Curiosity's main cameras may not be due to come online until they've unfurled later this week, but the Mars rover is already beaming back better shots now that it has whipped off the dust protection. The first batch of photos from the freshly-landed rover were fuzzy - thanks to a combination of dust whirls from the Skycrane lander and the protective covers on the cameras themselves - but as things settle and Curiosity whirs into life, the images are getting a lot clearer.
So far there's only one new image from the rover, limited by the need to route any transmissions via the Odyssey satellite in orbit around the red planet. Odyssey took up position around Mars in 2001, and was expected to be the weak spot in the Curiosity landing: with systems already failing in places, it could have left the NASA groundcrew at the Jet Propulsion Laboratory temporarily blind as to whether the rover had made it to the surface.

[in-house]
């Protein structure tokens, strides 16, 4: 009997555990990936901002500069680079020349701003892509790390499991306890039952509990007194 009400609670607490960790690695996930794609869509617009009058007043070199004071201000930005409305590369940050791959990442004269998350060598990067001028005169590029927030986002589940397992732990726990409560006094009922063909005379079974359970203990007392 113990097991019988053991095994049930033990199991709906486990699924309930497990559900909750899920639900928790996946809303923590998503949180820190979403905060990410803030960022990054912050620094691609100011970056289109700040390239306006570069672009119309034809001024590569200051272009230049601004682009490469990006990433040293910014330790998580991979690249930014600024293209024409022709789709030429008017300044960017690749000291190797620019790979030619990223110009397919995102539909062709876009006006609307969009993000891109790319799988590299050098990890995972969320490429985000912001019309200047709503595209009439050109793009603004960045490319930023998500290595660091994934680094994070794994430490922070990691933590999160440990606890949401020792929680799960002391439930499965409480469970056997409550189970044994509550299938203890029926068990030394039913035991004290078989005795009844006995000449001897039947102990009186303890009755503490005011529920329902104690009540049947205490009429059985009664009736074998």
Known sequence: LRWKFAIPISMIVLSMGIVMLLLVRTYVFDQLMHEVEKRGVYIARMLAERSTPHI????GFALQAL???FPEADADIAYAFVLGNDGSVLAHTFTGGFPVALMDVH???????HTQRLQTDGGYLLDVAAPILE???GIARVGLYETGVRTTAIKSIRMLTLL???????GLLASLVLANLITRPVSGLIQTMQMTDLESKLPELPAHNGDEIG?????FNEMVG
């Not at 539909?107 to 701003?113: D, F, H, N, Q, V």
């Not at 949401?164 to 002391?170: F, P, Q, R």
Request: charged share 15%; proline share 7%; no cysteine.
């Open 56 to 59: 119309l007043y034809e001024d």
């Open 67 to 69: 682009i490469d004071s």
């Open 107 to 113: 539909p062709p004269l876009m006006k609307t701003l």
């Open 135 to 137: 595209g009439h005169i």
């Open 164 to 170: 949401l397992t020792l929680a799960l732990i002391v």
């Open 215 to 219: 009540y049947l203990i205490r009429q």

Thankfully those pieces slotted into place, giving Curiosity time to blast one last, higher-resolution shot back home. In the picture, taken by a rear "Hazcam" - a monochrome, fish-eye camera mounted on one corner of the rover, and intended to be used for guidance - you can see the curve of the horizon and one of Curiosity's wheels. The white, ridged object in the lower right corner is believed to be part of the assembly for the dust cover itself.
Full color images are due to be collected later in the week, when the 1600 x 1200 primary cameras come online. They're mounted on the head of the rover, which is currently tucked away as part of the landing procedure, and can shoot both stills and 10fps 720p HD video footage.